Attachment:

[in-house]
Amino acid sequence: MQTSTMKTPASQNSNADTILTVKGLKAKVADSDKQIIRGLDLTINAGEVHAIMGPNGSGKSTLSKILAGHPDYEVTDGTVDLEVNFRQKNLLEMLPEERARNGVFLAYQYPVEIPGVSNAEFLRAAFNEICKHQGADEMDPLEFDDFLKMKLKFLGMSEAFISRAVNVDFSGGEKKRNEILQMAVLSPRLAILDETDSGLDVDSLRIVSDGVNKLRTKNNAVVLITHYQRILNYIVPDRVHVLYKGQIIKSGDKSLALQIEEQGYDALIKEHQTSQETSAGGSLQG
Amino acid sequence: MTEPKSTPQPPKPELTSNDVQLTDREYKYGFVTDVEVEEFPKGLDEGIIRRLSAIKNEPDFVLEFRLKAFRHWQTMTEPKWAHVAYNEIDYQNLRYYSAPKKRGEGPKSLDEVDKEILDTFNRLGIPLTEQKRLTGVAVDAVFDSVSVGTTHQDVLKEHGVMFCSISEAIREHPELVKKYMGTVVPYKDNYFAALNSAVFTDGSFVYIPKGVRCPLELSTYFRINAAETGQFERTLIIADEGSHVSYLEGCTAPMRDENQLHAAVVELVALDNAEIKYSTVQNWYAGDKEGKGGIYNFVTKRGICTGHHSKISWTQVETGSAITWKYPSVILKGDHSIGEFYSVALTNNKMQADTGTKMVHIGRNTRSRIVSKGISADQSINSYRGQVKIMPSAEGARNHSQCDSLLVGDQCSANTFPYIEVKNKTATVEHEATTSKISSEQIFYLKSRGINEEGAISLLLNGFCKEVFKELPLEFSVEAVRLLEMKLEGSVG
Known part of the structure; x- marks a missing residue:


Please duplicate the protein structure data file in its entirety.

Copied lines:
[in-house]
Amino acid sequence: MQTSTMKTPASQNSNADTILTVKGLKAKVADSDKQIIRGLDLTINAGEVHAIMGPNGSGKSTLSKILAGHPDYEVTDGTVDLEVNFRQKNLLEMLPEERARNGVFLAYQYPVEIPGVSNAEFLRAAFNEICKHQGADEMDPLEFDDFLKMKLKFLGMSEAFISRAVNVDFSGGEKKRNEILQMAVLSPRLAILDETDSGLDVDSLRIVSDGVNKLRTKNNAVVLITHYQRILNYIVPDRVHVLYKGQIIKSGDKSLALQIEEQGYDALIKEHQTSQETSAGGSLQG
Amino acid sequence: MTEPKSTPQPPKPELTSNDVQLTDREYKYGFVTDVEVEEFPKGLDEGIIRRLSAIKNEPDFVLEFRLKAFRHWQTMTEPKWAHVAYNEIDYQNLRYYSAPKKRGEGPKSLDEVDKEILDTFNRLGIPLTEQKRLTGVAVDAVFDSVSVGTTHQDVLKEHGVMFCSISEAIREHPELVKKYMGTVVPYKDNYFAALNSAVFTDGSFVYIPKGVRCPLELSTYFRINAAETGQFERTLIIADEGSHVSYLEGCTAPMRDENQLHAAVVELVALDNAEIKYSTVQNWYAGDKEGKGGIYNFVTKRGICTGHHSKISWTQVETGSAITWKYPSVILKGDHSIGEFYSVALTNNKMQADTGTKMVHIGRNTRSRIVSKGISADQSINSYRGQVKIMPSAEGARNHSQCDSLLVGDQCSANTFPYIEVKNKTATVEHEATTSKISSEQIFYLKSRGINEEGAISLLLNGFCKEVFKELPLEFSVEAVRLLEMKLEGSVG
Known part of the structure; x- marks a missing residue: